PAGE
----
All applicants are permitted unlimited earnings during a trial work period. The trial period lasts up to nine months, during which time you can still receive full SSDI benefits. These nine months do not have to happen consecutively and can be spread out over a total period of five years. However, once a cumulative total of nine working months has passed, the SSA will reassess your status to determine whether you are still entitled to receive disability benefits.
Like with the SGA calculus, the SSA reviewers use a sliding figure to determine eligibility for SSDI benefits at the conclusion of the trial work period. It is likely that, if an applicant earns more than the SGA mark, the SSA will determine that they are no longer eligible for SSDI benefits.
Generally, a trial work period is triggered in any month where you make at least $970 (as of 2022). Talk to a Lehigh County, PA disability attorney if you are planning to make at least this much money while working.
How Does the Government Decide Who Qualifies for SSDI in Pennsylvania?
In general, in order to qualify for SSDI, you must meet the following criteria:
- You are unable to work and engage in SGA due to your medical situation.
- You are not able to conduct the type of work you did before, or you are not able to do any other type of work as a result of your disability.
- Your condition has had or is expected to have a duration of at least 12 months, or to result in death.
You should bear in mind that there are special considerations and slightly different eligibility criteria for people who are blind, widows or widowers of workers, children with disabilities, and veterans. With these criteria, the state agency makes its decision using the following five lines of questioning, moving through them in consecutive order.
Are You Currently Working and Earning Income?
This first step is the stage where the SSA evaluates whether you are earning an SGA. If you are not working, or if you are working and earning an average monthly income of less than the SGA mark, the SSA will proceed to the next step in their analysis.
How Severe Is Your Condition?
Under the SSA’s definition, to have a disability, your ability to do basic work activities must be significantly limited for at least 12 months. These include walking, sitting, standing, lifting, and memory abilities. If your condition does not substantially impair these basic abilities, you won’t be considered to have a disability. If your condition is considered severe under these criteria, the agency moves to the next step in the evaluation.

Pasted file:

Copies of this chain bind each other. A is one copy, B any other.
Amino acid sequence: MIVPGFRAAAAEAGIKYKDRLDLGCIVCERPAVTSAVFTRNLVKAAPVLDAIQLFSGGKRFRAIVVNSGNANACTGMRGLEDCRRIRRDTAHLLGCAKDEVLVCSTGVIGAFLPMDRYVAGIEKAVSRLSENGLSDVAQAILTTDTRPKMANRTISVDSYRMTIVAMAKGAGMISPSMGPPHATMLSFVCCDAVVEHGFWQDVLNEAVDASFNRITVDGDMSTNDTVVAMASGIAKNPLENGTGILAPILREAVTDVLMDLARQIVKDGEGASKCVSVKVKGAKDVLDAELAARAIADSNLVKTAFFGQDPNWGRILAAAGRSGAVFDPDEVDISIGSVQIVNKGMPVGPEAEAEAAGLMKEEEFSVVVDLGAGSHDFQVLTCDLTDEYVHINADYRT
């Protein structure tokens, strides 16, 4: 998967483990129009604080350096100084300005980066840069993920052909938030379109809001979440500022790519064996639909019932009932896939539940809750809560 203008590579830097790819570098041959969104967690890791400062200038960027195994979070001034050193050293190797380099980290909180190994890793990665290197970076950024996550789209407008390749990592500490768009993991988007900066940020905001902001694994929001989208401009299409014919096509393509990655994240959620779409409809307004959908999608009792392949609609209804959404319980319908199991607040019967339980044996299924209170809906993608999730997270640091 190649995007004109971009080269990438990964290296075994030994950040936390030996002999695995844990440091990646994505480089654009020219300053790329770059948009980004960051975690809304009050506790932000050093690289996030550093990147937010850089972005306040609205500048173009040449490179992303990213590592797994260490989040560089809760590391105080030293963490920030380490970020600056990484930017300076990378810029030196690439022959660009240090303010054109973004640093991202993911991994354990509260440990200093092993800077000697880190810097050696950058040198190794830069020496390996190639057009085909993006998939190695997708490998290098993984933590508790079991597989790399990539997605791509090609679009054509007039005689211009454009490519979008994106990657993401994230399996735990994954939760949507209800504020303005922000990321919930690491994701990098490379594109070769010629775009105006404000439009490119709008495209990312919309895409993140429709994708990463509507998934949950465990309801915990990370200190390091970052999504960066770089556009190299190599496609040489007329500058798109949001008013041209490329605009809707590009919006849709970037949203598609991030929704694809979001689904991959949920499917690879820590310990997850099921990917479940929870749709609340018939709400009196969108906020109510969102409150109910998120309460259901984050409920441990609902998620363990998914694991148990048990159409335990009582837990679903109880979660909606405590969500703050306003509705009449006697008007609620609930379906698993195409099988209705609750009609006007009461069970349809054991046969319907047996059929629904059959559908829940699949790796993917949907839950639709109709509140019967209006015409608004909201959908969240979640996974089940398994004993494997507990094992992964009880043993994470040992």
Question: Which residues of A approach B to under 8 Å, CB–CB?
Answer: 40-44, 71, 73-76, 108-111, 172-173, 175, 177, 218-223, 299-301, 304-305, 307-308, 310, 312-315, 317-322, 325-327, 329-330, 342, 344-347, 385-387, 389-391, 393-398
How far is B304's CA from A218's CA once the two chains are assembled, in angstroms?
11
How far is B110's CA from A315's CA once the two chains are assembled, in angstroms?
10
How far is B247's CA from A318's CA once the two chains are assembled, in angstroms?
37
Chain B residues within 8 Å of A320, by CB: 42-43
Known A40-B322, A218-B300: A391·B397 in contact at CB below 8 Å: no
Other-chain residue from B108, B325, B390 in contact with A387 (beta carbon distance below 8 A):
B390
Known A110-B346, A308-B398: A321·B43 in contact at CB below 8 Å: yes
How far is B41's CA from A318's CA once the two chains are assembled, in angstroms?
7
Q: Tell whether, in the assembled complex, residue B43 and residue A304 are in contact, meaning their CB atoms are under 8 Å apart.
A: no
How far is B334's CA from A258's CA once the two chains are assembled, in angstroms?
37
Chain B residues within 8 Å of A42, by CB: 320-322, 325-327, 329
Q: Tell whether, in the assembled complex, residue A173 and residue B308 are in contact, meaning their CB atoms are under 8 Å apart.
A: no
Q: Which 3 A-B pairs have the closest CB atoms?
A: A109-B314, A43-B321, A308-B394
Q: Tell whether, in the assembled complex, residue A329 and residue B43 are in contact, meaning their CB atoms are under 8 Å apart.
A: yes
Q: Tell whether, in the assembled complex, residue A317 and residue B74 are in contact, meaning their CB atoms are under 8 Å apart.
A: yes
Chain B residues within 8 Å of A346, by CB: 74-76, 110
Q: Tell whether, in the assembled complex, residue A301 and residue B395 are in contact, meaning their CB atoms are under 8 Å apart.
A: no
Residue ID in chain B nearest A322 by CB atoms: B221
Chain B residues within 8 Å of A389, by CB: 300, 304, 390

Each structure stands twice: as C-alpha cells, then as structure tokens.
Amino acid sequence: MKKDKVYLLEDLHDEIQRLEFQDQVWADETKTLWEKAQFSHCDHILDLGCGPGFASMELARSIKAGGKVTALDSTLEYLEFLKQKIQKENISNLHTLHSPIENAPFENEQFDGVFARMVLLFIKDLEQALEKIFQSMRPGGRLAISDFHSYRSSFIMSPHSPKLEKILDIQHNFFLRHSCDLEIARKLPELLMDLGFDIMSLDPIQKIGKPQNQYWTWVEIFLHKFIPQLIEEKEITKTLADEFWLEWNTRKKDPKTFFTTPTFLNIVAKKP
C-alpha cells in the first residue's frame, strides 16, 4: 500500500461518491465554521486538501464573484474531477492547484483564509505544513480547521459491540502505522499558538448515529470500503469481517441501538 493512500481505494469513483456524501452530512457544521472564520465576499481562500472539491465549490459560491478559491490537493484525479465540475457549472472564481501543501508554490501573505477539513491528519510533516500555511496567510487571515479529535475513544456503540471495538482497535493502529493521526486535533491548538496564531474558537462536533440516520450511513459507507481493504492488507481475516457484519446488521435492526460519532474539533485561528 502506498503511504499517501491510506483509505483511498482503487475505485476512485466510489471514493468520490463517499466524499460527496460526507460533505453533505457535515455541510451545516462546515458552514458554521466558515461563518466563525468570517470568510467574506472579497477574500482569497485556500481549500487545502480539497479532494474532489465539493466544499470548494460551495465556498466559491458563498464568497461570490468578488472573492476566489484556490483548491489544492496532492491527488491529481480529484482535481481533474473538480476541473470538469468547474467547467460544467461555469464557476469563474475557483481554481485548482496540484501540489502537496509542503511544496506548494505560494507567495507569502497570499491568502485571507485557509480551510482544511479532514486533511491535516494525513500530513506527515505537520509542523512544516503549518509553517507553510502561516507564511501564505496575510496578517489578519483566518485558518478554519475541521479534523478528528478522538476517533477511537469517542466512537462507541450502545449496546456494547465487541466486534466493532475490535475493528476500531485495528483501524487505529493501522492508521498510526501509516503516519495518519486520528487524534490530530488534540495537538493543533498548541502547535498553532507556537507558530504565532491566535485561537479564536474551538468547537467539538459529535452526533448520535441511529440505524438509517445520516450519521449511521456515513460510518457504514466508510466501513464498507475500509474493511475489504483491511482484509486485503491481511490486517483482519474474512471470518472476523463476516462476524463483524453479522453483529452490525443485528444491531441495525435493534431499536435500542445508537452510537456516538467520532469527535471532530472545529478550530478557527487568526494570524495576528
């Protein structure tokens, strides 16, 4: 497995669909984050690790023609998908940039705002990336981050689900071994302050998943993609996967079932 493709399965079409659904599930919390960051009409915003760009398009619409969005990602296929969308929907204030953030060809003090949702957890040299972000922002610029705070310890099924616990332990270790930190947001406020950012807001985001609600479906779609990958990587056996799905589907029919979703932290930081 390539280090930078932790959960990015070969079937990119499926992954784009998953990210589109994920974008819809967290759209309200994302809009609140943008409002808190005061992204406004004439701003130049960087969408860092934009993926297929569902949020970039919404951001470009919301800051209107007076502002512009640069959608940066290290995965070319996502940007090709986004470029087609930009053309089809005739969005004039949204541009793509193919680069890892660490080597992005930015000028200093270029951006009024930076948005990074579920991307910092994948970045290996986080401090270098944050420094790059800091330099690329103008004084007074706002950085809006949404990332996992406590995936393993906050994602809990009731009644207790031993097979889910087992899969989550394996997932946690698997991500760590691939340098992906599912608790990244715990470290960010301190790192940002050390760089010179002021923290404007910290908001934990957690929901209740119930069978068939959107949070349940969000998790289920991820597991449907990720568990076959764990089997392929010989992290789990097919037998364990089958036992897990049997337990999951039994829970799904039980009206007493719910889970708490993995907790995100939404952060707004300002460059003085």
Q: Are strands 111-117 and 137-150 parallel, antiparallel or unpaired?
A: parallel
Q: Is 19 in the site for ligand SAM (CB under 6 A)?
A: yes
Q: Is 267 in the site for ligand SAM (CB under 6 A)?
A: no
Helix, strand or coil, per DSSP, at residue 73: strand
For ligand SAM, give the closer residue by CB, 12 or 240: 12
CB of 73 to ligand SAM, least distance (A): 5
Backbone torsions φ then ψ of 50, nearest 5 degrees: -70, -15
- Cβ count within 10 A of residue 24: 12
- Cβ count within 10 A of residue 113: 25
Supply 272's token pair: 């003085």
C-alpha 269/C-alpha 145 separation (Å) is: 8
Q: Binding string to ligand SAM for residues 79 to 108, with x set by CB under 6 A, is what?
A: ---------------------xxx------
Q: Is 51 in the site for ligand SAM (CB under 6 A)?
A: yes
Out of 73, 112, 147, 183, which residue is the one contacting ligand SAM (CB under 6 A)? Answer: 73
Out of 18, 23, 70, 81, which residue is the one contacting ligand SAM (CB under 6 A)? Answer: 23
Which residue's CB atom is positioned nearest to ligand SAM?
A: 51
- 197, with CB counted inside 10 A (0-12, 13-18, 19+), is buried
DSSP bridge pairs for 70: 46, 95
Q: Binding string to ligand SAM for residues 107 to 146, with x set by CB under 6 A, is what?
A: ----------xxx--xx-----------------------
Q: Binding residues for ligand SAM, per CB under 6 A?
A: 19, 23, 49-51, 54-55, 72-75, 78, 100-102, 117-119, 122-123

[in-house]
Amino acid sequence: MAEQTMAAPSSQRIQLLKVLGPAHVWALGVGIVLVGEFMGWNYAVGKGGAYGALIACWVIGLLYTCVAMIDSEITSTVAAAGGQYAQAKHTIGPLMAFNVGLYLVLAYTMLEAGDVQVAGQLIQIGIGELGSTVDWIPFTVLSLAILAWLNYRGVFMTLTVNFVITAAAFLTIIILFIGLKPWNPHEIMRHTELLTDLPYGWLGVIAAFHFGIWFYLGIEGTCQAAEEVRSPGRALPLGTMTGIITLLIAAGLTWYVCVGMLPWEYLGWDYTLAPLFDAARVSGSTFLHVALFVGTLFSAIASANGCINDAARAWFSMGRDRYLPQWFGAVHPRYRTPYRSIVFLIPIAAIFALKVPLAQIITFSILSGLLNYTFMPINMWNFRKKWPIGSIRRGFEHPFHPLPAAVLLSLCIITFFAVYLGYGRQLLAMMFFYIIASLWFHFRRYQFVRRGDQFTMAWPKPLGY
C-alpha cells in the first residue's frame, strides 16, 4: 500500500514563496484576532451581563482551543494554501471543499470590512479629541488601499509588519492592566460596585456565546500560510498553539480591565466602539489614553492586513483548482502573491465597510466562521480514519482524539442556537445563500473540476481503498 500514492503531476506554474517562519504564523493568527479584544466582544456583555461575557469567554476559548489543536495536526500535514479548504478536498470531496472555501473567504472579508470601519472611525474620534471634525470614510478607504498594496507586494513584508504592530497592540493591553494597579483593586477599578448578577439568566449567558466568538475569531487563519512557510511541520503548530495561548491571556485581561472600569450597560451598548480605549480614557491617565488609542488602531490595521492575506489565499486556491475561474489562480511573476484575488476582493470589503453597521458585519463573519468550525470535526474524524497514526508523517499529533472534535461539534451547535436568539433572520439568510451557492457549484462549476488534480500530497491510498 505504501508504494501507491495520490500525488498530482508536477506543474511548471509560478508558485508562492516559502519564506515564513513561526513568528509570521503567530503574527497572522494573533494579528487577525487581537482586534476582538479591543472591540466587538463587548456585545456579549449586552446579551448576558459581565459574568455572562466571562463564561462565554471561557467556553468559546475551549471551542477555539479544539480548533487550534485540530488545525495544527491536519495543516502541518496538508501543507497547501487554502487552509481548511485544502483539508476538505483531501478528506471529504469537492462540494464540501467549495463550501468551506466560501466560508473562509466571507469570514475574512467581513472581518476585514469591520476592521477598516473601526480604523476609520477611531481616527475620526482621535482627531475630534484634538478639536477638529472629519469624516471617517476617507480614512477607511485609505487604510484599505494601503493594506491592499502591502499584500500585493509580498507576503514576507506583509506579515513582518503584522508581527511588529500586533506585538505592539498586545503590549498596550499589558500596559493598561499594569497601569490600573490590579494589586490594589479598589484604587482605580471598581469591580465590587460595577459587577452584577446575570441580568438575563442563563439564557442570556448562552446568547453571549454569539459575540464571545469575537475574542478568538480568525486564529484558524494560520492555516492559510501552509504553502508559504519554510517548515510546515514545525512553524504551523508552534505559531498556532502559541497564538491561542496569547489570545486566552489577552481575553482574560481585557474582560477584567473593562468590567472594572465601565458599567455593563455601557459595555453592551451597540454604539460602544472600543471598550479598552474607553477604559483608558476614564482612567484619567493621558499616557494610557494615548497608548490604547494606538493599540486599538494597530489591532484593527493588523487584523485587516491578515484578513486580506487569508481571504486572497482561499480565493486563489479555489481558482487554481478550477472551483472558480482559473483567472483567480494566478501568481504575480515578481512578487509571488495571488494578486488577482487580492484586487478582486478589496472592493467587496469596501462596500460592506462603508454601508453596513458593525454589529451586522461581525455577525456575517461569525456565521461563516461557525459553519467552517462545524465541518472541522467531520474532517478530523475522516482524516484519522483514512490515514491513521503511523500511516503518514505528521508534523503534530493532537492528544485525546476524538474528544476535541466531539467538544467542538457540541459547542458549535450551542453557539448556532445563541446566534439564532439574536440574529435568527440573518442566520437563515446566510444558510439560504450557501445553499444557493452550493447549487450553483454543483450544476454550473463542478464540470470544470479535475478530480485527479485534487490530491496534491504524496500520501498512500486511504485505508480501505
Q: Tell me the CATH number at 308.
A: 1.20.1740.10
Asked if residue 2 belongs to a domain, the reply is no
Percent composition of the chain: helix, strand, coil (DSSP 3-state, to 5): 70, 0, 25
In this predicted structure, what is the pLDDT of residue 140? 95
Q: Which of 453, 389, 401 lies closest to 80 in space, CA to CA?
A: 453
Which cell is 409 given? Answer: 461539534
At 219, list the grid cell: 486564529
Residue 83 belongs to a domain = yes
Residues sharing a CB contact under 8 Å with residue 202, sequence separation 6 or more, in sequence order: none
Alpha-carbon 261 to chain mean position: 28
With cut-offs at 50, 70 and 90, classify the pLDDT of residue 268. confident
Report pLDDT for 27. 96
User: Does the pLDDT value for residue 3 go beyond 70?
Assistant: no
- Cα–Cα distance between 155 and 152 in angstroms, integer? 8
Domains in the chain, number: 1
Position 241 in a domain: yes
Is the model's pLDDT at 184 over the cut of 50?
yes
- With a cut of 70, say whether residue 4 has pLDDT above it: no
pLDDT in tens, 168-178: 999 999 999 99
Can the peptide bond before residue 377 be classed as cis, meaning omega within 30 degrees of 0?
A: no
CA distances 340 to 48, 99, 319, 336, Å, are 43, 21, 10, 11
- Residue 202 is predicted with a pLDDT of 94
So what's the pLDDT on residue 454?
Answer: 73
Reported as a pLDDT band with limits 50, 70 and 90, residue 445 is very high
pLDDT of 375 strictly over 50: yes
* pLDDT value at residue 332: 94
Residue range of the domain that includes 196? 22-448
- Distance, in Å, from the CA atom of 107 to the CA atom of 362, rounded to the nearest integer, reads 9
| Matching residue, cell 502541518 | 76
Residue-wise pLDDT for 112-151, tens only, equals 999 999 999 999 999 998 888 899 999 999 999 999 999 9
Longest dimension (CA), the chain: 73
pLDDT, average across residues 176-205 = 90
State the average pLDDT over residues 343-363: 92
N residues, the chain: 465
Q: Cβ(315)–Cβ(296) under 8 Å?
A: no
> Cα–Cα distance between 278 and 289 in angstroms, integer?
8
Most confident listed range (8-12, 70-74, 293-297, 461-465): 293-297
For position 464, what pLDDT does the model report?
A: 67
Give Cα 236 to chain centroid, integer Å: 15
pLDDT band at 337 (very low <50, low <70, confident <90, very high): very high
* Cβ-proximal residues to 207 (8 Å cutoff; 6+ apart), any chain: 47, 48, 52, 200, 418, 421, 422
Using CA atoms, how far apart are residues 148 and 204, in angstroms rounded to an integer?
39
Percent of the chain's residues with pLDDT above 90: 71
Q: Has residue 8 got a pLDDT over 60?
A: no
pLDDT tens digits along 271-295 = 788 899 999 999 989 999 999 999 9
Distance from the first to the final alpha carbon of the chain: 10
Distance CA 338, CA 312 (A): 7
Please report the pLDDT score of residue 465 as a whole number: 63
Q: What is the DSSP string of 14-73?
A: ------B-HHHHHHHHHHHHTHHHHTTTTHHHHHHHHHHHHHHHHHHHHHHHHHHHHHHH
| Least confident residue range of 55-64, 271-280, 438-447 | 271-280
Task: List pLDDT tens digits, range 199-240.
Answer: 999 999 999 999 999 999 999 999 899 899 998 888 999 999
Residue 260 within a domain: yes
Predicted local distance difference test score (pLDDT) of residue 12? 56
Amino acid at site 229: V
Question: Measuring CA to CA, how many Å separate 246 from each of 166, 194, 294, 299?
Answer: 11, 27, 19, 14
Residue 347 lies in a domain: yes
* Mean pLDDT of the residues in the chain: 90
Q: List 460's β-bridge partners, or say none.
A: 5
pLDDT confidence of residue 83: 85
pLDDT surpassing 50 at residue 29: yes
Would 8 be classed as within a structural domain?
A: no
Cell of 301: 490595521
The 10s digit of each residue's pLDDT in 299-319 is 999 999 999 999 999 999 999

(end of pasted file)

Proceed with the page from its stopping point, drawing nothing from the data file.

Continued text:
Does Your Condition Meet or Medically Equal a Listing?
The SSA uses a listing of medical conditions that has been created in consultation with medical experts. These conditions are considered severe enough to prevent someone from being able to carry out work activities. The state uses this list to determine if you have a disability by confirming if your condition meets or is equal in severity and duration to a listing and its criteria. If this is not the case, the state continues on to step four of the evaluation.
Can You Do the Work You Did Before?
This stage of the evaluation determines whether you are able to continue on with any of your past work, given your medical situation. If your medical situation does not prevent this, the state will determine that you do not have a disability that qualifies for SSDI. If your medical situation does interfere with the ability to carry out past work activities, the evaluation moves to step five.
Can You Do Any Other Type of Work?
At the final stage of the evaluation, the state considers whether you are able to carry out other types of work, based on age, education, past work experience, and skills. If they find you are able to do other work, you will not qualify for SSDI. To determine this, the SSA may require that you submit to periodic medical evaluations from a physician of their choosing. If they find that you are not able to do other work, you will be considered to have a qualifying disability.
What Can You Do if the Government Takes You Off SSDI Benefits for Making Too Much Money?